Being able to move forward with plans to close and co-locate schools isn’t enough for Mayor Michael Bloomberg — he said this morning that the UFT and NAACP should feel ashamed for trying to stop the changes.
Bloomberg used his weekly appearance on “The John Gambling Show” to celebrate yesterday’s late-night decision by Judge Paul Feinman to allow the city to move ahead with 22 school closures and 15 charter school co-locations. The UFT and NAACP sued in May to stop the closure and co-locations.
“There are thousands of families whose children have been in limbo because of this lawsuit, and now we can give them a clear direction. This is a big victory for the kids, and I think those that brought the suit should be ashamed of themselves. There’s no other way to phrase it,” Bloomberg said.
UFT officials bristled at the suggestion, saying that the lawsuit — which will now move into a new phase — was meant to address inequities introduced by Bloomberg’s school policies.
“If there is any shame in this matter, it belongs to the mayor and the administration that sat back and made no attempt to help schools and students that were struggling, an administration that favored charter schools while it ignored the needs of public school students,” UFT President Michael Mulgrew said in a statement.
The radio show’s segment on education began this way:
Gambling: A judge ruling yesterday, against the UFT and the NAACP …
Bloomberg: No, no, I would rephrase that. A judge ruling for the kids.
Gambling: This was on the closing of the 22 really bad schools.
Bloomberg: Close isn’t what we do. It’s retaking these schools, and over a number of years changing the management, the teachers, the programs, in schools that aren’t working. One of these schools, I think they had a three percent proficiency rating in English and nine percent in math. And the suit wanted to keep that school open. This is just so ridiculous.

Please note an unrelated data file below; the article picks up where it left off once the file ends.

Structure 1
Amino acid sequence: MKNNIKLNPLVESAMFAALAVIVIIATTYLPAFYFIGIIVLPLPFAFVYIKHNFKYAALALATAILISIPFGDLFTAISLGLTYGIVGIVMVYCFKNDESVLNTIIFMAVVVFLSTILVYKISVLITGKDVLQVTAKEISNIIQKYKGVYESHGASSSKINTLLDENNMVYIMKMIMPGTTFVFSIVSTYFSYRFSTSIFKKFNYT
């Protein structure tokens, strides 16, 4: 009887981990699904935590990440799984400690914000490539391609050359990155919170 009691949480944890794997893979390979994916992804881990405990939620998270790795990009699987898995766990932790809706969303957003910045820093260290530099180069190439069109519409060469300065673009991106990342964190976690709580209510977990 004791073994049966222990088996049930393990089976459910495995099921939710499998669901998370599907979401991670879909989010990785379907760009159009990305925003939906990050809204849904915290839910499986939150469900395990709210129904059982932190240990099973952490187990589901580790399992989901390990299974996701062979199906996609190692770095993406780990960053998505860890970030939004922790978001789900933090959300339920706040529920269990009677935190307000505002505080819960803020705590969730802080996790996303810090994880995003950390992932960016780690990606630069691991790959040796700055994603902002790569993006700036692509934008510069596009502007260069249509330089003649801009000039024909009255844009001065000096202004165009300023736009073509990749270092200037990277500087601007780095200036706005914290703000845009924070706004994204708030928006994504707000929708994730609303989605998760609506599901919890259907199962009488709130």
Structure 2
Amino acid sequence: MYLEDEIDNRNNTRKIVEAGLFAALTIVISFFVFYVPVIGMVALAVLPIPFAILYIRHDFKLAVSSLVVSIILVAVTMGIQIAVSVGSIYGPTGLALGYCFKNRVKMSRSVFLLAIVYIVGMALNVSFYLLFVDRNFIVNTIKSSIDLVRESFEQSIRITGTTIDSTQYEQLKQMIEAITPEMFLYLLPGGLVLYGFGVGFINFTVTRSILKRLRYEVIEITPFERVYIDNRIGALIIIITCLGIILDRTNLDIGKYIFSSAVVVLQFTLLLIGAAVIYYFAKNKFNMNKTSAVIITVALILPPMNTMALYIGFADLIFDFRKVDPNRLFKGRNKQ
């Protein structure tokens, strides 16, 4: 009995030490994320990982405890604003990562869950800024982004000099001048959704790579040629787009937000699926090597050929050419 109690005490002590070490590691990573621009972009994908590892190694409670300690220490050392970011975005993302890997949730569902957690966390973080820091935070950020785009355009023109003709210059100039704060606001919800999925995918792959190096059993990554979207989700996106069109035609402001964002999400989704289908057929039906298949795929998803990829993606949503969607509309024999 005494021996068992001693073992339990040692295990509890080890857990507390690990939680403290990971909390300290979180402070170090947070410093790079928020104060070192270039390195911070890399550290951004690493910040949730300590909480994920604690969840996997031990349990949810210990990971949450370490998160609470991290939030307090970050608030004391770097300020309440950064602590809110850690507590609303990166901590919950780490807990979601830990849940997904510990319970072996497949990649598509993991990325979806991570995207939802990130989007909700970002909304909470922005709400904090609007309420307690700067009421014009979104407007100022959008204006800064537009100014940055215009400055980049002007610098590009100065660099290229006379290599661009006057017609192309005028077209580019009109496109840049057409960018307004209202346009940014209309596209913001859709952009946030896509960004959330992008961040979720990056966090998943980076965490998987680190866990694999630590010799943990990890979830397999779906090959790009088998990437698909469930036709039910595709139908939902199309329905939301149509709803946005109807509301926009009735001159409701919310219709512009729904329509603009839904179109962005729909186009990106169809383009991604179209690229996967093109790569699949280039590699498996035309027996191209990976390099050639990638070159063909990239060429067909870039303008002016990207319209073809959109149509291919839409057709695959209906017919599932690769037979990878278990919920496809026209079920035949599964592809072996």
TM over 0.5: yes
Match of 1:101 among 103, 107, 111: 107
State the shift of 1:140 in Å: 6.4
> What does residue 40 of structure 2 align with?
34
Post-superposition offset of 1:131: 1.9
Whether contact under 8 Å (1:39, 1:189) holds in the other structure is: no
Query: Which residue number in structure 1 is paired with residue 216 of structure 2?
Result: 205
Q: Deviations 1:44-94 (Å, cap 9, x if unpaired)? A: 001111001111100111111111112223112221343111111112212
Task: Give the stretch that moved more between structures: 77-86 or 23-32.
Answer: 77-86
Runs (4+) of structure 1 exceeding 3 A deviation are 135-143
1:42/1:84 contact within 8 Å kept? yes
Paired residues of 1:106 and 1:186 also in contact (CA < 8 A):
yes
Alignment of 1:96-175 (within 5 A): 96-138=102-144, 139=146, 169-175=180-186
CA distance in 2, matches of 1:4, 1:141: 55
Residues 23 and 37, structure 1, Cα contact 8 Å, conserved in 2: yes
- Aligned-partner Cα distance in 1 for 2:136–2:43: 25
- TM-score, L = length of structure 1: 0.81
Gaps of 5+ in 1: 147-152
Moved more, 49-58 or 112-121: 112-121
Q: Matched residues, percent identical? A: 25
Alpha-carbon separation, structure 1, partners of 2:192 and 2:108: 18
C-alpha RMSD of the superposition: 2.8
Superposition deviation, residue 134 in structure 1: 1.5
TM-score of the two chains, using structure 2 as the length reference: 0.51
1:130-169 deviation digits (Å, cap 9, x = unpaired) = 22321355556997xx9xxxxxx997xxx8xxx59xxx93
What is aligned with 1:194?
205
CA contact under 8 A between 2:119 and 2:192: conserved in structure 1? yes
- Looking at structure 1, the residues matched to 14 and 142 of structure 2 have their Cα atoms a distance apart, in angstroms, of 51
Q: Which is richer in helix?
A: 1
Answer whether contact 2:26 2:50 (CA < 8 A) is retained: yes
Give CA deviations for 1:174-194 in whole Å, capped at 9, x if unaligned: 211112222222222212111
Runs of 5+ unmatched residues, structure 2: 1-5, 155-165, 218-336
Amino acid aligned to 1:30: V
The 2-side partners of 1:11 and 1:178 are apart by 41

Later in the show, Bloomberg described the difference between this year and last year, when a UFT-NAACP suit challenging school closure plans was successful. He said,
The law says that you have to go through a process, last time we lost the battle because the law said, Oh, you didn’t do it exactly right, you know, we used it with blue ink rather than black ink or something in the application, it was something, basically trivial stuff like that. This time we took a lot more care, we dotted every I, we crossed every T, they still sued us, and the court said enough.
And Bloomberg on school improvements:
The schools are dramatically better. Someone wrote something the other day, I just wanted to tear my hair out. ‘Oh, all the improvements were illusionary, it was just lying with the numbers.’ No. The state, for whatever reason, the Regents, changed the definition of what they call proficiency. I don’t think we should have proficiency standards, because even Nobel Prize winners go back to school and keep studying. There’s no level where you should say, that’s enough.